Change law to create inclusive government, churches say

Protestant churches have called for a change in law to create more positions at the executive arm of government.

The group, under the National Council of Churches of Kenya (NCCK), on Tuesday said creation of additional cabinet posts would help address ethnic tensions and divisions witnessed in the country during elections.

According to the clergy, the current arrangement in law that allows the winner to take it all while the loser gets nothing, could polarise the country further.

NCCK secretary general Peter Karanja, while speaking to journalists a few hours after Nasa leader Raila Odinga vowed to intensify street protests to push for removal of officials of the electoral commission, said the changes should be done through a bi-partisan parliamentary committee comprising Jubilee and Nasa coalitions.


Currently, the Constitution allows a maximum of 22 cabinet secretary positions. An amendment to change the number can, however, be done through an Act of Parliament.

“To resolve our underlying toxic relations, the leading politicians and political elite will need to face this underlying reality and address it in order to normalise relations and release our nation to both pursue cohesion and integration,” said Canon Karanja.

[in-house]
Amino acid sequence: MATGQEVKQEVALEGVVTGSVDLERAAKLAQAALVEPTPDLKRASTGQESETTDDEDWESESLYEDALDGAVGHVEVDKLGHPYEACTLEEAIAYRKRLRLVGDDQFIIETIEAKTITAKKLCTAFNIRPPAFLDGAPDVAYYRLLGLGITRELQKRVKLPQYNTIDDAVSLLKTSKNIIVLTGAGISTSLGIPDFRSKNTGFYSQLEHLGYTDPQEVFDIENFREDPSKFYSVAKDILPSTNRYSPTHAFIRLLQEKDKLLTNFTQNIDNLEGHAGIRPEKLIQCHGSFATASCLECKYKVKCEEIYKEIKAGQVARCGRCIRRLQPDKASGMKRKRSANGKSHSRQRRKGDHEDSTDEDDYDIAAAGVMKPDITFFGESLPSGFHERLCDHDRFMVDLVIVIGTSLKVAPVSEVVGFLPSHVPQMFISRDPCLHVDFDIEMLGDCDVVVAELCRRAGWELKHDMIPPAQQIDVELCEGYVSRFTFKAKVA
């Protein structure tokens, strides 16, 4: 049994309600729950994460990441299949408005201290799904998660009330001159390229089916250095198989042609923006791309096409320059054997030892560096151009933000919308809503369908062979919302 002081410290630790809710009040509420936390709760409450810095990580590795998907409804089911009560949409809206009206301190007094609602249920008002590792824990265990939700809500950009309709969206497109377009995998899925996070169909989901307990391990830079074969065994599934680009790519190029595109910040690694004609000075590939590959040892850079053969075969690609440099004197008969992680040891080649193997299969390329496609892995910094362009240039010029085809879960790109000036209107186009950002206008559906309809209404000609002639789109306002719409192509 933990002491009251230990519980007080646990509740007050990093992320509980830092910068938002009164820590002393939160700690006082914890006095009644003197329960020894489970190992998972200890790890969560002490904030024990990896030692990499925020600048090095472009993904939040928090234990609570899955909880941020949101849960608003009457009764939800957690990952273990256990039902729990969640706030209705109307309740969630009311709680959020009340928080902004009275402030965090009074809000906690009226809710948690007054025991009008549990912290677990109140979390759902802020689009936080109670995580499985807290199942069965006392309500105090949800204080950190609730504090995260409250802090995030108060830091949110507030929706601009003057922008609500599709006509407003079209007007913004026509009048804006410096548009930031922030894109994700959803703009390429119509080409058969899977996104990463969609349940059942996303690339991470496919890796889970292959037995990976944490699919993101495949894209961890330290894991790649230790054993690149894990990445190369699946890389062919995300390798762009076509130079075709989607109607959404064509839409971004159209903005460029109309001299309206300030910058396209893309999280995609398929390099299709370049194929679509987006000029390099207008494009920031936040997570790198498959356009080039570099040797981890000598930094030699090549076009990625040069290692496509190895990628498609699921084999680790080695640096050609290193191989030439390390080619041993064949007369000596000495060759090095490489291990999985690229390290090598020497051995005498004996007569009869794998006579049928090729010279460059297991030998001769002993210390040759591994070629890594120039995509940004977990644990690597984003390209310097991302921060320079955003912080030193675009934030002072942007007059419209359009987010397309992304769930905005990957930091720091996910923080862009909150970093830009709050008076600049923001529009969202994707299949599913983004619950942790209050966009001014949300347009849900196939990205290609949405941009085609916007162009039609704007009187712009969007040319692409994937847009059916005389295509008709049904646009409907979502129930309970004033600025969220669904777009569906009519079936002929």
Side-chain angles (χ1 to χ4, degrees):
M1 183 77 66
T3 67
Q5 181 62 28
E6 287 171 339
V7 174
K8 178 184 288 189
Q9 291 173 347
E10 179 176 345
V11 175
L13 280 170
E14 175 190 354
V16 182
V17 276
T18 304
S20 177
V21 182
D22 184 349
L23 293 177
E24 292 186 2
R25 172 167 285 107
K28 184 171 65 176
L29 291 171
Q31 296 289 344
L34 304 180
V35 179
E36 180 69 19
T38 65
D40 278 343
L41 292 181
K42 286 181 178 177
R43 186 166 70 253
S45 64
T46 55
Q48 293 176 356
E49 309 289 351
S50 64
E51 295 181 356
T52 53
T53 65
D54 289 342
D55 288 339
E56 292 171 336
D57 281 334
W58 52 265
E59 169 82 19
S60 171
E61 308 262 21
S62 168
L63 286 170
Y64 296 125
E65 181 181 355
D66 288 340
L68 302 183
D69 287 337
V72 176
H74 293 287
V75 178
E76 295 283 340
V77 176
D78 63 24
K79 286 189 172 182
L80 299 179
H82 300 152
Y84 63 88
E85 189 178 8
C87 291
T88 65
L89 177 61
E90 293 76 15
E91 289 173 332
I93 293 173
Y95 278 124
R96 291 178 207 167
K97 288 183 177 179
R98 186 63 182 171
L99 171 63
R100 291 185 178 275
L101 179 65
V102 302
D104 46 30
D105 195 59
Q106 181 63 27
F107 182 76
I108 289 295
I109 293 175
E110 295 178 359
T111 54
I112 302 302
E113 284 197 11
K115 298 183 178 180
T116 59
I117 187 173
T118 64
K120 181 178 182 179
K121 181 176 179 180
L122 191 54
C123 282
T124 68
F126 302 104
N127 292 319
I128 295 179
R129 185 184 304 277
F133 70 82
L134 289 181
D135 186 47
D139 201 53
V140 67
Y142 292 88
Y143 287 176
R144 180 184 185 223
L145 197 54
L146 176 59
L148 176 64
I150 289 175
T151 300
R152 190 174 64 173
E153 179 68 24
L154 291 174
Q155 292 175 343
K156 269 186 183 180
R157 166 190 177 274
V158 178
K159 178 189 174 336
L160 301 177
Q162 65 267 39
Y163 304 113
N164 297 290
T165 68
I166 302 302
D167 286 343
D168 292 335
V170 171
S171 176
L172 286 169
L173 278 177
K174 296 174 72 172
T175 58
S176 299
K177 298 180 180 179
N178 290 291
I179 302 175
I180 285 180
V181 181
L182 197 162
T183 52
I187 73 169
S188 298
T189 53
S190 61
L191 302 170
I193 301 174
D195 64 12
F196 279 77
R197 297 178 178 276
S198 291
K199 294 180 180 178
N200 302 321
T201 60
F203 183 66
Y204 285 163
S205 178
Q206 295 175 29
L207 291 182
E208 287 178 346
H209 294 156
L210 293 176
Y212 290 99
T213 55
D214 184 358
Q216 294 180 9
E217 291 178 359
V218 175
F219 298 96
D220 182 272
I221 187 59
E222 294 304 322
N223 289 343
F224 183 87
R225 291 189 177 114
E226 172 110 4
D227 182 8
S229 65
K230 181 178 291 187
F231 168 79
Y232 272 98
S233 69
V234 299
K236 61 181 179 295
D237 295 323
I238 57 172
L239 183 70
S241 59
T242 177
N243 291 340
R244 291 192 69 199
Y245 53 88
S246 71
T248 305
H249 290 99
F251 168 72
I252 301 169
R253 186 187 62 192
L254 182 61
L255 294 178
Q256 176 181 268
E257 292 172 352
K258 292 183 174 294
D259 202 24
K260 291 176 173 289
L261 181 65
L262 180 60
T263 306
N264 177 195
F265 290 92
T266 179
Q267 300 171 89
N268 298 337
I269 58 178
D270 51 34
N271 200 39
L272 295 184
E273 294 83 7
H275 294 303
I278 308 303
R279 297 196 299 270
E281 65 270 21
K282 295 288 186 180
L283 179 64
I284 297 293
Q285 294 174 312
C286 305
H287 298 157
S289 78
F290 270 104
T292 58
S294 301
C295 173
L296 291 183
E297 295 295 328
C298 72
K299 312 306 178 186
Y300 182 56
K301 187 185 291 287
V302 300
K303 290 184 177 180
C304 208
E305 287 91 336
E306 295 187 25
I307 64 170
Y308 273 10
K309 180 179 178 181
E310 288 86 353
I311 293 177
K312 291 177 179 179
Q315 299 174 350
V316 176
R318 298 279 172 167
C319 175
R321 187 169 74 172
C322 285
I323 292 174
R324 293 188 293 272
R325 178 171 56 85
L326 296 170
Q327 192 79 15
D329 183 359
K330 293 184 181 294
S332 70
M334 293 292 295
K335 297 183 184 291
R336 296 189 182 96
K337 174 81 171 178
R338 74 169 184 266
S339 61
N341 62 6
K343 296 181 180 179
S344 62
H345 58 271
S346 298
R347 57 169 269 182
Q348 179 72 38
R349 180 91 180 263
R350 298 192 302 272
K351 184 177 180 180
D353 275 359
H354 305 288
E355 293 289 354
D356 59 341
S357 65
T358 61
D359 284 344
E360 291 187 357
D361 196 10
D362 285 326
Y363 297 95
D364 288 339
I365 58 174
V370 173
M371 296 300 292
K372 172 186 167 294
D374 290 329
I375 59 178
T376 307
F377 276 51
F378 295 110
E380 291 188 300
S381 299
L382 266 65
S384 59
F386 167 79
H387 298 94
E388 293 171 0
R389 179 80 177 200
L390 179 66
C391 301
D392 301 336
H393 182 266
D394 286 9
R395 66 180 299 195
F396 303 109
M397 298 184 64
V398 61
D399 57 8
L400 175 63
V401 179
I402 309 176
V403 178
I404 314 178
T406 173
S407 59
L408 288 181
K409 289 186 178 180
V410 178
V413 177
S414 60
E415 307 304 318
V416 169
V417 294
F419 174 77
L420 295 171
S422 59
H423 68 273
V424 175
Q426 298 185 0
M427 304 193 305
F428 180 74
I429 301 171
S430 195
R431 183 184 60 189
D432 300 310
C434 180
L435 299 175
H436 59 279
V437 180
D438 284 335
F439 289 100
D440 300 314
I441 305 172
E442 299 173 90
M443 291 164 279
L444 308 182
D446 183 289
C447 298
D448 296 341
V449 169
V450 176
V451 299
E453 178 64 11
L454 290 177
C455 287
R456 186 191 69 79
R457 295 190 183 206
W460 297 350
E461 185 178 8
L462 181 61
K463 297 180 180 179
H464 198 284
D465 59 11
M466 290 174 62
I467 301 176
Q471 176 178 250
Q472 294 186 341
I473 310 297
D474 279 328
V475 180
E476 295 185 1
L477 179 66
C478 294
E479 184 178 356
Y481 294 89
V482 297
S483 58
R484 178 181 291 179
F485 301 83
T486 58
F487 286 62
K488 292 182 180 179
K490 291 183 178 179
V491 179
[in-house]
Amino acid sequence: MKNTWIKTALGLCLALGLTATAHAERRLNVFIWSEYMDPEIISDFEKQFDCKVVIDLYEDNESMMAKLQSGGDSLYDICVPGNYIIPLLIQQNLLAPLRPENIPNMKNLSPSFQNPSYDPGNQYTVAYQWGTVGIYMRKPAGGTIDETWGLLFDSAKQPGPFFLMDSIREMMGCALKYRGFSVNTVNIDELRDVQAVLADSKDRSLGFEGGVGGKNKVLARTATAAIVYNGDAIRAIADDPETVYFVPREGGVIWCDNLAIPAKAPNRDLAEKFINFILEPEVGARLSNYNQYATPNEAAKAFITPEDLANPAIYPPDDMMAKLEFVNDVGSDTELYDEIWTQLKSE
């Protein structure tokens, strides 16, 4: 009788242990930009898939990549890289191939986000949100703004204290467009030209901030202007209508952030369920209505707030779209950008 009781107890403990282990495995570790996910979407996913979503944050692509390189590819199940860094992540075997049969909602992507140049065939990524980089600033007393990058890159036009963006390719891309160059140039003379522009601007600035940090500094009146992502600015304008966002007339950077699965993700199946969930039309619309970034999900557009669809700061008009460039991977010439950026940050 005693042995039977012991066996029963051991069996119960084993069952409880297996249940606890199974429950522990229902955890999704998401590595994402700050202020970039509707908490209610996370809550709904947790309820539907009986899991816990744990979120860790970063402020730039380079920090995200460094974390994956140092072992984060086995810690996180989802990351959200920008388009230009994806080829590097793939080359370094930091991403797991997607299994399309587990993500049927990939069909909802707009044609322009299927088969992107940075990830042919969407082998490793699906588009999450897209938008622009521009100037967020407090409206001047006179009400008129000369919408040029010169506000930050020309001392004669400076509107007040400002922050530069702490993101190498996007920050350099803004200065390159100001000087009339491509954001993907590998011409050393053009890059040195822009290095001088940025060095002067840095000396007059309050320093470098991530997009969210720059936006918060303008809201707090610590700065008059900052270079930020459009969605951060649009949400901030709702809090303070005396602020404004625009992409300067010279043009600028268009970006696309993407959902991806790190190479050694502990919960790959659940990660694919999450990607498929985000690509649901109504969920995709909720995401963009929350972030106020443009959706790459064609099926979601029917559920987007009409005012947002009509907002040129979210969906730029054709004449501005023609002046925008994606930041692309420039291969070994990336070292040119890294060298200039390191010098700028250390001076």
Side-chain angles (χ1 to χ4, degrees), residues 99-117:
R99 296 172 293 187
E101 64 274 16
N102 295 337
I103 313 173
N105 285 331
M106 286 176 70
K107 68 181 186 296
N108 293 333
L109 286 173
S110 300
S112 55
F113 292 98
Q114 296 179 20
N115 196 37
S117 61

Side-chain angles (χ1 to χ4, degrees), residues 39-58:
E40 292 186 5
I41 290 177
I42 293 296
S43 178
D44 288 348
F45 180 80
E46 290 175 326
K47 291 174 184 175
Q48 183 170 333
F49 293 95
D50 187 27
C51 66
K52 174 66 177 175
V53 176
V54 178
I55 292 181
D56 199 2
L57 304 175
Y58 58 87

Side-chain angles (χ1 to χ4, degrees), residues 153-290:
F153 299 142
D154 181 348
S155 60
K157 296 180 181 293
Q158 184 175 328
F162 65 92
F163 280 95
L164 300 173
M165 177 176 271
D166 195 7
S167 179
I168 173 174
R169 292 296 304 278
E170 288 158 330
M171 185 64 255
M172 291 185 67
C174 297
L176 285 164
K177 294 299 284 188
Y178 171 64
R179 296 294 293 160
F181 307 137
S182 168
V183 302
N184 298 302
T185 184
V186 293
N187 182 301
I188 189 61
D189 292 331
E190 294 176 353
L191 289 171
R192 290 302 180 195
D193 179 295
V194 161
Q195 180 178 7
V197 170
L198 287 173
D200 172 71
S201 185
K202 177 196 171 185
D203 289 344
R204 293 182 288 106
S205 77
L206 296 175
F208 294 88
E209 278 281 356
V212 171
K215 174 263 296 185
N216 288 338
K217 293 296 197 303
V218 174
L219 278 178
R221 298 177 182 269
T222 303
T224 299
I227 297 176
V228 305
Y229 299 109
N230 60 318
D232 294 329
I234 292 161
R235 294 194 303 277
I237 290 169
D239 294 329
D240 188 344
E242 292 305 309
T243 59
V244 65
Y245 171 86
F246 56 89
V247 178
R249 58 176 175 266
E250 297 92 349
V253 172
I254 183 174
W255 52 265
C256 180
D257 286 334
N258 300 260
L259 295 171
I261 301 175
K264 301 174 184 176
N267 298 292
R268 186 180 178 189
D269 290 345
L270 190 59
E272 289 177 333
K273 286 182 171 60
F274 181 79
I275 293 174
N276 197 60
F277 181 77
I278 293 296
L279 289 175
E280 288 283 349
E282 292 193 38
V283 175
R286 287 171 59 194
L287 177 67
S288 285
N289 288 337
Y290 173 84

Speaking at Jumuia conference and country home in Limuru, the clergy also proposed the facilitation and funding of the opposition, both at the county and national government levels, to help in oversight.

The church further asked Jubilee and Nasa coalitions to drop hard-line positions on management of the fresh presidential elections to avert a constitutional crisis.


They said the Independent Electoral and Boundaries Commission (IEBC) should give regular updates on the progress of the fresh presidential elections, to ease tensions.

Already, Jubilee and Nasa coalitions are pushing for respective changes ahead of the polls, even as envoys and poll observers call for compromise to facilitate the poll.

Nasa has been agitating for the sacking of IEBC officials who bungled the August polls even as Jubilee, using its numerical strength in Parliament, is seeking to change electoral laws, reportedly to seal grey areas in the current law.

“We have reviewed these conditions and found that most of them are not a matter of life and death. An uncertain future and exposure of the nation’s underbelly is more grievous,” said Canon Karanja.

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